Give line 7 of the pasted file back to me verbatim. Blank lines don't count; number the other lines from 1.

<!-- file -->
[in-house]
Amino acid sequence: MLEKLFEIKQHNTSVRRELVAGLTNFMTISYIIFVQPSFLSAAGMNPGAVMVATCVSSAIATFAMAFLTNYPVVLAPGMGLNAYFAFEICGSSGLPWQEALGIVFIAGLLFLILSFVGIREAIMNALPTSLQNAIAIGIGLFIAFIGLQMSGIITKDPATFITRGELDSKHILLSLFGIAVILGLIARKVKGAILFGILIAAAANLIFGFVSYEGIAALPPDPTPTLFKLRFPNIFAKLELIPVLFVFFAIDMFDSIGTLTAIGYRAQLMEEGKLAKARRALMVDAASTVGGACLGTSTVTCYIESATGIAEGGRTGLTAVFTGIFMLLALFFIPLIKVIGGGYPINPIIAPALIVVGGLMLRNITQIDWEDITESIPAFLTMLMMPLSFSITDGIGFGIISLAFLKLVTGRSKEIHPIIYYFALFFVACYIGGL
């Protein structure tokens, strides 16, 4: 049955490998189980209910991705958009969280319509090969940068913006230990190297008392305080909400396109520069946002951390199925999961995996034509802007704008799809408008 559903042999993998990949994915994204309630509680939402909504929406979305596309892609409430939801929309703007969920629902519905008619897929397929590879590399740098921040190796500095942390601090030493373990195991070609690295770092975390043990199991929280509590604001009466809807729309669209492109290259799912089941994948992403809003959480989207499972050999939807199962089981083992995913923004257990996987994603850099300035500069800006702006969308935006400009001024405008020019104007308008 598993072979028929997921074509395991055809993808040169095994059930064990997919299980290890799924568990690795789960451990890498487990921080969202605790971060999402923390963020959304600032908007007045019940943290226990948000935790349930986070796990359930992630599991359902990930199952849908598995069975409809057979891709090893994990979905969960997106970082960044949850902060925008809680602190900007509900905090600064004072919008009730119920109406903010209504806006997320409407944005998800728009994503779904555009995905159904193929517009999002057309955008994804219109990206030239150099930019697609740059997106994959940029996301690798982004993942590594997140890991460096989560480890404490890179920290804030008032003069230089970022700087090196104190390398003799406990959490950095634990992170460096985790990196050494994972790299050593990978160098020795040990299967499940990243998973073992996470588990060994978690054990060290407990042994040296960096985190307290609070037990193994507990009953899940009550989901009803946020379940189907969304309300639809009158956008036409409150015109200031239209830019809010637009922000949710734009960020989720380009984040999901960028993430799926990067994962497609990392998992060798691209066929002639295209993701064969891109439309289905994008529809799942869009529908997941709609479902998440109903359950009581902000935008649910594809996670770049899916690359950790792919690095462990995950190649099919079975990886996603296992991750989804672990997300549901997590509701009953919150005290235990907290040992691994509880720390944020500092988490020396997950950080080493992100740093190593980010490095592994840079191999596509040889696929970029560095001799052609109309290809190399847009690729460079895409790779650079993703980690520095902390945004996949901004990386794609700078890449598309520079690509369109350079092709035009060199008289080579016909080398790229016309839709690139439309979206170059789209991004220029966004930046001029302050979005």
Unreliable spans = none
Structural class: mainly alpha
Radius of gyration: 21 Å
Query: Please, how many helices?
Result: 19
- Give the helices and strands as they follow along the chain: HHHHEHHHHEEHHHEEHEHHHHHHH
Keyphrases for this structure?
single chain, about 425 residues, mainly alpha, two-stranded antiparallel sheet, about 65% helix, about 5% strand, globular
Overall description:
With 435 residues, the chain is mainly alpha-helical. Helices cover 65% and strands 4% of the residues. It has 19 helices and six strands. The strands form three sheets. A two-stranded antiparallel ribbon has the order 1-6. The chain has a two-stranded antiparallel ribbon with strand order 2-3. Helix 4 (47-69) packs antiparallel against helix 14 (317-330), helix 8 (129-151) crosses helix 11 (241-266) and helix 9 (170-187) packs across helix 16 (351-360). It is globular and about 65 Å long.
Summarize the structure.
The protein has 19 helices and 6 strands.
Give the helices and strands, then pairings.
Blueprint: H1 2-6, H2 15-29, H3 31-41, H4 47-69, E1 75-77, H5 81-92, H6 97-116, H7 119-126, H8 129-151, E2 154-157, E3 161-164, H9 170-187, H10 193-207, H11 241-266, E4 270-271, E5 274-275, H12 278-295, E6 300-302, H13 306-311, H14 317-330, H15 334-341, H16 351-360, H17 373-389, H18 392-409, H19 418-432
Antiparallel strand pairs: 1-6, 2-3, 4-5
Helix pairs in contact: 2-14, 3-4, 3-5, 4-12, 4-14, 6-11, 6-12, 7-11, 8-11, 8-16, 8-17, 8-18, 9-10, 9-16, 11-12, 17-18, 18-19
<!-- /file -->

Query: Please, how many helices?